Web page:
North Korea Fires Suspected Musudan Missile
Seoul: North Korea on Wednesday fired the sixth suspected Musudan intermediate-range ballistic missile, the second in the day, after the fifth test-launch had failed, Yonhap news agency reported citing military authorities.
The joint chiefs of staff was quoted as saying that one more missile, which was believed to have been a Musudan missile, was launched at about 8:05 a.m. local time from its Wonsan area in the east coastal region, according to Xinhua.
It is yet to be known whether North Korea's sixth test-launch of the missile, which is known to be capable of hitting part of the US territory such as Guam and the outer reaches of Alaska, was successful. It allegedly has a range of about 3,000 to 4,000 km.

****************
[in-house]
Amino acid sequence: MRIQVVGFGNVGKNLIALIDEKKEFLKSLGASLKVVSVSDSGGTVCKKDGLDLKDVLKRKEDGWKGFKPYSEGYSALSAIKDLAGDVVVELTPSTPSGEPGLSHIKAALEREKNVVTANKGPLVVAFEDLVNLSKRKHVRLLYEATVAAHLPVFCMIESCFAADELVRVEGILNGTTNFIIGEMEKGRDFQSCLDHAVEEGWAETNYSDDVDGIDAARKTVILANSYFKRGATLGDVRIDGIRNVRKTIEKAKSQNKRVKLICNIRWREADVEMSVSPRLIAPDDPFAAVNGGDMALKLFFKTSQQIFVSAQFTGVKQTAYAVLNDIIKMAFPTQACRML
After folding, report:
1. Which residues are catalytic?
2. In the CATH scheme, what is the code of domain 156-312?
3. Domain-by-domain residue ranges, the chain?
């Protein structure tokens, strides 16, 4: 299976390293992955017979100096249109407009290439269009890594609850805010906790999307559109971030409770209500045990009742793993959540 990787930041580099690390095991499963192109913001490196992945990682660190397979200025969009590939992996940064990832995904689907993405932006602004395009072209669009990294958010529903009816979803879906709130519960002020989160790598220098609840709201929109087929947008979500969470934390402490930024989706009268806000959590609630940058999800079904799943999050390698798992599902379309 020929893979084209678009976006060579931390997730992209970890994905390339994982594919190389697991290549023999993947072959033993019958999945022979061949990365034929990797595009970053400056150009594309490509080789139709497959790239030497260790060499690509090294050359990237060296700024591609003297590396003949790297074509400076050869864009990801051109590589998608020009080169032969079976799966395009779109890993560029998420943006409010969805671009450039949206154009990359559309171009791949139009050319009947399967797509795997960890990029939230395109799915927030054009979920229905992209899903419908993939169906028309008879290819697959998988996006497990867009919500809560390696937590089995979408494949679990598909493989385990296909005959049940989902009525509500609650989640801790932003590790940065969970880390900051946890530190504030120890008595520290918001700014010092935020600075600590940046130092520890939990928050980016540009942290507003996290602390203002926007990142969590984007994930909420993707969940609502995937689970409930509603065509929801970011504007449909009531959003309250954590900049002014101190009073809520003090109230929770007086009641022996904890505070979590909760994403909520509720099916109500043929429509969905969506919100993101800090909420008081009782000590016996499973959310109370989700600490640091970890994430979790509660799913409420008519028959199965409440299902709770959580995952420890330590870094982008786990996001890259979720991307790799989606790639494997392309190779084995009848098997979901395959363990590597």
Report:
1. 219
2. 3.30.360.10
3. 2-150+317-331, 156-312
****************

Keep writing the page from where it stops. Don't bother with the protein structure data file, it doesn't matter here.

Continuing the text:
Earlier in the day, North Korea test-fired what was believed to have been a Musudan missile near Wonsan area at about 5:58 a.m., but it appeared to have failed as the missile flew in an abnormal trajectory in a distance short of what a normal ballistic missile can fly.
South Korea's military believes that a ballistic missile is required to fly at least 300 km to be considered successful in a test-firing.
A South Korean government source was quoted as saying that the first suspected Musudan missile of the day flew about 150 km or more before being fragmented into several pieces during the flight.
Yonhap reported that top North Korea leader Kim Jong Un was known to have observed the test launches.
The first test-launch on April 15 failed as it exploded in mid-air several seconds after take-off. The April 28 launch also failed as those exploded in mid-air or crashed in waters after lift-off. The fourth test was estimated to have exploded on its mobile launcher even before take-off, according to Seoul's military.
The test-launches was in line with top leader Kim's order on March 15 to test a nuclear warhead and ballistic rockets capable of carrying the warhead "in a short time".